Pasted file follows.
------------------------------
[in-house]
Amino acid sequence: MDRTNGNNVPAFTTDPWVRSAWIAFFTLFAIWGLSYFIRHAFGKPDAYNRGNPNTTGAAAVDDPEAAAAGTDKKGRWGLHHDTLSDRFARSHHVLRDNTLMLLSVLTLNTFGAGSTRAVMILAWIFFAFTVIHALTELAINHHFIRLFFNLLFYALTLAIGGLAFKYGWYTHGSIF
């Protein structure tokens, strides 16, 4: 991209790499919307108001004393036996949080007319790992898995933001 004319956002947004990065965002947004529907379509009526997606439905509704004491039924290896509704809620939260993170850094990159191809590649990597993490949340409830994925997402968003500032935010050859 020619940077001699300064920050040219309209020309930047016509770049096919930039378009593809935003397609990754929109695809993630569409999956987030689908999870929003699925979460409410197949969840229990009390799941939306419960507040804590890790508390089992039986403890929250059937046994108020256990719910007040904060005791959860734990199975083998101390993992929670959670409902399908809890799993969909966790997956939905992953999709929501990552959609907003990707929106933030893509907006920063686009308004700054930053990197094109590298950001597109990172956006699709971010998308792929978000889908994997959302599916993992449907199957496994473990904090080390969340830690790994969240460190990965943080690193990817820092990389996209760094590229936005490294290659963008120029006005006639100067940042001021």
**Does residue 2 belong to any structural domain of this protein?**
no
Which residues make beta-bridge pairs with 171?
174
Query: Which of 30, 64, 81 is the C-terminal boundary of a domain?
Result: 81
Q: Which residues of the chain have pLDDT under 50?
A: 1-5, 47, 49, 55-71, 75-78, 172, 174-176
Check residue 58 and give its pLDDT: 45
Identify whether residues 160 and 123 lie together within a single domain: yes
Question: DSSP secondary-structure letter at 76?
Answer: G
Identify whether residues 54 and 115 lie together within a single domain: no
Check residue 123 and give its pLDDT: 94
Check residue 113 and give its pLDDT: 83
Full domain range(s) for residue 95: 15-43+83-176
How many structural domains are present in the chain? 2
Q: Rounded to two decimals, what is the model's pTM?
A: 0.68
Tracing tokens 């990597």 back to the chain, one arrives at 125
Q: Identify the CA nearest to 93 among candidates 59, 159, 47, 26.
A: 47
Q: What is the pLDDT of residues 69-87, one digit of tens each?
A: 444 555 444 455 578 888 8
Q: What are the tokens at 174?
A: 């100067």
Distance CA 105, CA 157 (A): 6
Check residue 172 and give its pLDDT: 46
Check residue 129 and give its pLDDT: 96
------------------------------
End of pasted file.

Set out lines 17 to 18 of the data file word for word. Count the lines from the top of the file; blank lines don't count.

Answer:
Check residue 123 and give its pLDDT: 94
Check residue 113 and give its pLDDT: 83